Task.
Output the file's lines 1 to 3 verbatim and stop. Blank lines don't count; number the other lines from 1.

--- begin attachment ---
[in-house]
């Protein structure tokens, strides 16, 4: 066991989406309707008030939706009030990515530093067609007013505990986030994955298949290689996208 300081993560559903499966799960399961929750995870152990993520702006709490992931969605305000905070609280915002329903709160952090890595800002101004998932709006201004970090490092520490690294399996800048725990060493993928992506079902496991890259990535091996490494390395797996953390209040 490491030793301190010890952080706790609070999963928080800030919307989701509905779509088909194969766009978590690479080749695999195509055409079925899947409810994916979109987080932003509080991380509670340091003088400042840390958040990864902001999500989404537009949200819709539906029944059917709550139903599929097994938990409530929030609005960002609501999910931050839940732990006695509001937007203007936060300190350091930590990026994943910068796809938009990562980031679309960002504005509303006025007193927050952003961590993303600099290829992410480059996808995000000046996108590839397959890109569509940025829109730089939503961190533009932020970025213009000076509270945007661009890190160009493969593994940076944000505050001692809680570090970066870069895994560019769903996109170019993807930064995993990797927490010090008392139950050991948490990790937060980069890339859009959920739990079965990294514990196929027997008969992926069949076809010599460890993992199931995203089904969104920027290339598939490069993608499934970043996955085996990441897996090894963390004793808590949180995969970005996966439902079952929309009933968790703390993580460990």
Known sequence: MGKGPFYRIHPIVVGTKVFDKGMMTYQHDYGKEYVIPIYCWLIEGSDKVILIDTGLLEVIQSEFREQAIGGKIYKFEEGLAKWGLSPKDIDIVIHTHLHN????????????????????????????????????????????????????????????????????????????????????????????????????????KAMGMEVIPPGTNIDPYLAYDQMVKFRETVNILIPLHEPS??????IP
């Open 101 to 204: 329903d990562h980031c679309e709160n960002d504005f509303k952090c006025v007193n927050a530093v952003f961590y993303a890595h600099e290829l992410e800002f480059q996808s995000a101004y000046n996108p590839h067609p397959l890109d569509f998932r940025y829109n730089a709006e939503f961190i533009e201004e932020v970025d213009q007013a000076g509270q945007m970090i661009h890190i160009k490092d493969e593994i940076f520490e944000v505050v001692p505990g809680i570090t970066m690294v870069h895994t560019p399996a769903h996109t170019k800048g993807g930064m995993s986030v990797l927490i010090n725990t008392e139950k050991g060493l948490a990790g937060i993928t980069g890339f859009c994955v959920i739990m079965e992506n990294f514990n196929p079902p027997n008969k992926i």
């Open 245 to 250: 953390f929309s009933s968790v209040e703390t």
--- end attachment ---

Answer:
[in-house]
């Protein structure tokens, strides 16, 4: 066991989406309707008030939706009030990515530093067609007013505990986030994955298949290689996208 300081993560559903499966799960399961929750995870152990993520702006709490992931969605305000905070609280915002329903709160952090890595800002101004998932709006201004970090490092520490690294399996800048725990060493993928992506079902496991890259990535091996490494390395797996953390209040 490491030793301190010890952080706790609070999963928080800030919307989701509905779509088909194969766009978590690479080749695999195509055409079925899947409810994916979109987080932003509080991380509670340091003088400042840390958040990864902001999500989404537009949200819709539906029944059917709550139903599929097994938990409530929030609005960002609501999910931050839940732990006695509001937007203007936060300190350091930590990026994943910068796809938009990562980031679309960002504005509303006025007193927050952003961590993303600099290829992410480059996808995000000046996108590839397959890109569509940025829109730089939503961190533009932020970025213009000076509270945007661009890190160009493969593994940076944000505050001692809680570090970066870069895994560019769903996109170019993807930064995993990797927490010090008392139950050991948490990790937060980069890339859009959920739990079965990294514990196929027997008969992926069949076809010599460890993992199931995203089904969104920027290339598939490069993608499934970043996955085996990441897996090894963390004793808590949180995969970005996966439902079952929309009933968790703390993580460990």
Known sequence: MGKGPFYRIHPIVVGTKVFDKGMMTYQHDYGKEYVIPIYCWLIEGSDKVILIDTGLLEVIQSEFREQAIGGKIYKFEEGLAKWGLSPKDIDIVIHTHLHN????????????????????????????????????????????????????????????????????????????????????????????????????????KAMGMEVIPPGTNIDPYLAYDQMVKFRETVNILIPLHEPS??????IP